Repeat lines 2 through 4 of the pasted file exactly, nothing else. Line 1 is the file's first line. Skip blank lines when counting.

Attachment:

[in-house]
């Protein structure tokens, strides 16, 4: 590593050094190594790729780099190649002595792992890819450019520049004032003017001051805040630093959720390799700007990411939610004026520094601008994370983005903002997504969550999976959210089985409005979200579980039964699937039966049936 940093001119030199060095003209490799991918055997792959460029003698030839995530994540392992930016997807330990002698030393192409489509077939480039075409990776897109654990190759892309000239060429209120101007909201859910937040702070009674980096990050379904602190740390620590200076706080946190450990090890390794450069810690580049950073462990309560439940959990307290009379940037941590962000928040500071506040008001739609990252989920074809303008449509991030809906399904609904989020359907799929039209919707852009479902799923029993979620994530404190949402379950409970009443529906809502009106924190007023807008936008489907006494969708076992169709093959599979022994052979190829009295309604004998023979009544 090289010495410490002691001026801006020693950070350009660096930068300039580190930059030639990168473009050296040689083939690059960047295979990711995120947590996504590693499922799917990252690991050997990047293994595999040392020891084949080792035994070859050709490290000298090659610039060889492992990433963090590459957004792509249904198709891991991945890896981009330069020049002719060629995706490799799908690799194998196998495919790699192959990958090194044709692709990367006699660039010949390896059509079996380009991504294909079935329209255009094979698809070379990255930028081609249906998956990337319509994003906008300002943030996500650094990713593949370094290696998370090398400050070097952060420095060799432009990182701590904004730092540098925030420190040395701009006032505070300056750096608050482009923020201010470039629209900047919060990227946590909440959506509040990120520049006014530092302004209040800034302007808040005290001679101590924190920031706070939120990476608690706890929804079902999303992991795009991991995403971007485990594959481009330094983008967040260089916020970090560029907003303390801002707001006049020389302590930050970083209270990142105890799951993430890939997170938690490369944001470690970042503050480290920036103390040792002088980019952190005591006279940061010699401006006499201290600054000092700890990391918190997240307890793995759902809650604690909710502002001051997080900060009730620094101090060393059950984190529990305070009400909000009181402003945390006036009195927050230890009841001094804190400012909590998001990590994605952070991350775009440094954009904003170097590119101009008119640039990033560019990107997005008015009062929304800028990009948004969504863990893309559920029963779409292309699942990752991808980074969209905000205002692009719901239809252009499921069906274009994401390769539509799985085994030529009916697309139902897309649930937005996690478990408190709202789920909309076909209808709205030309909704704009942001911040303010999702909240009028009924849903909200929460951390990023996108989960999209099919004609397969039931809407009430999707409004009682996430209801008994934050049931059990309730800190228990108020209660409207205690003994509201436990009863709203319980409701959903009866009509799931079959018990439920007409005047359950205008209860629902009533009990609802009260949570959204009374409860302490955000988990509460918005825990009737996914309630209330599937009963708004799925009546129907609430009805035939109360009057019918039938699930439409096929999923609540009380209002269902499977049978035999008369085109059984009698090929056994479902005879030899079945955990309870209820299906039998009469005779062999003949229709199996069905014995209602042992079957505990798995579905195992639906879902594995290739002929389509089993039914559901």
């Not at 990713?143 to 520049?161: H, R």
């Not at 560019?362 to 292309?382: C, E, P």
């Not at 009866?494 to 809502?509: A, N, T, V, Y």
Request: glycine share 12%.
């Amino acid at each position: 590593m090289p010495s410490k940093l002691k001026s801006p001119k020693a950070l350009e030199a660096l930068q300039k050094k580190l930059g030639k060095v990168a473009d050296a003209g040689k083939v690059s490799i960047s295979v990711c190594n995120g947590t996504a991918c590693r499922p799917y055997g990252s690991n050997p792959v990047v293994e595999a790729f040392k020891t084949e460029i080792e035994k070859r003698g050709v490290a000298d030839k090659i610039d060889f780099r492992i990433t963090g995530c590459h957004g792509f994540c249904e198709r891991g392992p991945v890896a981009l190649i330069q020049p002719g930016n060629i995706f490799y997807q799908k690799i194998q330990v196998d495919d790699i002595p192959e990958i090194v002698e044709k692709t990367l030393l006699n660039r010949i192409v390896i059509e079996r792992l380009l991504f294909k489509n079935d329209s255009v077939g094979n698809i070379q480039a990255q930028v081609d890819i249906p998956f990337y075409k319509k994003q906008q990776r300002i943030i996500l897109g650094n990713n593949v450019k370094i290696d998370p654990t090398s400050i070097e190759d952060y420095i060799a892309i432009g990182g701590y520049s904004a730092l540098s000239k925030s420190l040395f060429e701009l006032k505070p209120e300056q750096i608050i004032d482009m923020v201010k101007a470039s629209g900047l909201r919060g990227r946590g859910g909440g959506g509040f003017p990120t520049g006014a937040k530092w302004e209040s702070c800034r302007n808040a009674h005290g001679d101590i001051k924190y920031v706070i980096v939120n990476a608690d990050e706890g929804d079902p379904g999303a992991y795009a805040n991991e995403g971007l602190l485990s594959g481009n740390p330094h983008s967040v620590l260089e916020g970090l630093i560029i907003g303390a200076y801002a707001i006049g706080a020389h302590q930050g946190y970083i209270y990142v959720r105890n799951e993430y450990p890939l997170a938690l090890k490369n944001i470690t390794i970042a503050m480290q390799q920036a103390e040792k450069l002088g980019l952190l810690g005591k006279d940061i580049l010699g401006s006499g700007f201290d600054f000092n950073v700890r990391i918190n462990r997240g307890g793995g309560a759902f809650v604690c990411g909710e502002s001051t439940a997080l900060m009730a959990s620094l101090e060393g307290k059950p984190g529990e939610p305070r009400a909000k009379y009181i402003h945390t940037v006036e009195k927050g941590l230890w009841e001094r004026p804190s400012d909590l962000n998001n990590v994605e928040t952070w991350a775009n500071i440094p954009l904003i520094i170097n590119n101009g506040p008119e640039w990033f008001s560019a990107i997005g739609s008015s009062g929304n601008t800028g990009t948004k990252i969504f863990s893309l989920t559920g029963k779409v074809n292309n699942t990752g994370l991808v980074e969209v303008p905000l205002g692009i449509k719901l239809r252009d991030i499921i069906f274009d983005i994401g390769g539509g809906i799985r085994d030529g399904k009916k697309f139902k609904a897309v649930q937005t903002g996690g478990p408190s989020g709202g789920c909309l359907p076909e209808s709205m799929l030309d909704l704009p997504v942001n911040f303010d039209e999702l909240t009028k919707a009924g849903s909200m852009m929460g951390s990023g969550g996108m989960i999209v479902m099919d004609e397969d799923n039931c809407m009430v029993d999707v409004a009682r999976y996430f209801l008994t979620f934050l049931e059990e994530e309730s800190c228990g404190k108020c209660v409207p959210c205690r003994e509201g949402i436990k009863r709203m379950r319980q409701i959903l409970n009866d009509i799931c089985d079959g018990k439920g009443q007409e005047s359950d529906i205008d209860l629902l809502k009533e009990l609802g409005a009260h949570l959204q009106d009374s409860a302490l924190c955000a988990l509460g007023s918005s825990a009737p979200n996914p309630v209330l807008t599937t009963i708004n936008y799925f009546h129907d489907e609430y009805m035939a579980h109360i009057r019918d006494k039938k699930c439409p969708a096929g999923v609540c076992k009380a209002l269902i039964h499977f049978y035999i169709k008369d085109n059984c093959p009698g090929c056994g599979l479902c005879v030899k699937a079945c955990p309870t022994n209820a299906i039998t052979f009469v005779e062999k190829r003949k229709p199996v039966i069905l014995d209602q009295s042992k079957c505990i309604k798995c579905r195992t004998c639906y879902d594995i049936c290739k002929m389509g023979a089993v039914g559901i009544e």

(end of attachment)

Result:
């Protein structure tokens, strides 16, 4: 590593050094190594790729780099190649002595792992890819450019520049004032003017001051805040630093959720390799700007990411939610004026520094601008994370983005903002997504969550999976959210089985409005979200579980039964699937039966049936 940093001119030199060095003209490799991918055997792959460029003698030839995530994540392992930016997807330990002698030393192409489509077939480039075409990776897109654990190759892309000239060429209120101007909201859910937040702070009674980096990050379904602190740390620590200076706080946190450990090890390794450069810690580049950073462990309560439940959990307290009379940037941590962000928040500071506040008001739609990252989920074809303008449509991030809906399904609904989020359907799929039209919707852009479902799923029993979620994530404190949402379950409970009443529906809502009106924190007023807008936008489907006494969708076992169709093959599979022994052979190829009295309604004998023979009544 090289010495410490002691001026801006020693950070350009660096930068300039580190930059030639990168473009050296040689083939690059960047295979990711995120947590996504590693499922799917990252690991050997990047293994595999040392020891084949080792035994070859050709490290000298090659610039060889492992990433963090590459957004792509249904198709891991991945890896981009330069020049002719060629995706490799799908690799194998196998495919790699192959990958090194044709692709990367006699660039010949390896059509079996380009991504294909079935329209255009094979698809070379990255930028081609249906998956990337319509994003906008300002943030996500650094990713593949370094290696998370090398400050070097952060420095060799432009990182701590904004730092540098925030420190040395701009006032505070300056750096608050482009923020201010470039629209900047919060990227946590909440959506509040990120520049006014530092302004209040800034302007808040005290001679101590924190920031706070939120990476608690706890929804079902999303992991795009991991995403971007485990594959481009330094983008967040260089916020970090560029907003303390801002707001006049020389302590930050970083209270990142105890799951993430890939997170938690490369944001470690970042503050480290920036103390040792002088980019952190005591006279940061010699401006006499201290600054000092700890990391918190997240307890793995759902809650604690909710502002001051997080900060009730620094101090060393059950984190529990305070009400909000009181402003945390006036009195927050230890009841001094804190400012909590998001990590994605952070991350775009440094954009904003170097590119101009008119640039990033560019990107997005008015009062929304800028990009948004969504863990893309559920029963779409292309699942990752991808980074969209905000205002692009719901239809252009499921069906274009994401390769539509799985085994030529009916697309139902897309649930937005996690478990408190709202789920909309076909209808709205030309909704704009942001911040303010999702909240009028009924849903909200929460951390990023996108989960999209099919004609397969039931809407009430999707409004009682996430209801008994934050049931059990309730800190228990108020209660409207205690003994509201436990009863709203319980409701959903009866009509799931079959018990439920007409005047359950205008209860629902009533009990609802009260949570959204009374409860302490955000988990509460918005825990009737996914309630209330599937009963708004799925009546129907609430009805035939109360009057019918039938699930439409096929999923609540009380209002269902499977049978035999008369085109059984009698090929056994479902005879030899079945955990309870209820299906039998009469005779062999003949229709199996069905014995209602042992079957505990798995579905195992639906879902594995290739002929389509089993039914559901």
């Not at 990713?143 to 520049?161: H, R």
């Not at 560019?362 to 292309?382: C, E, P």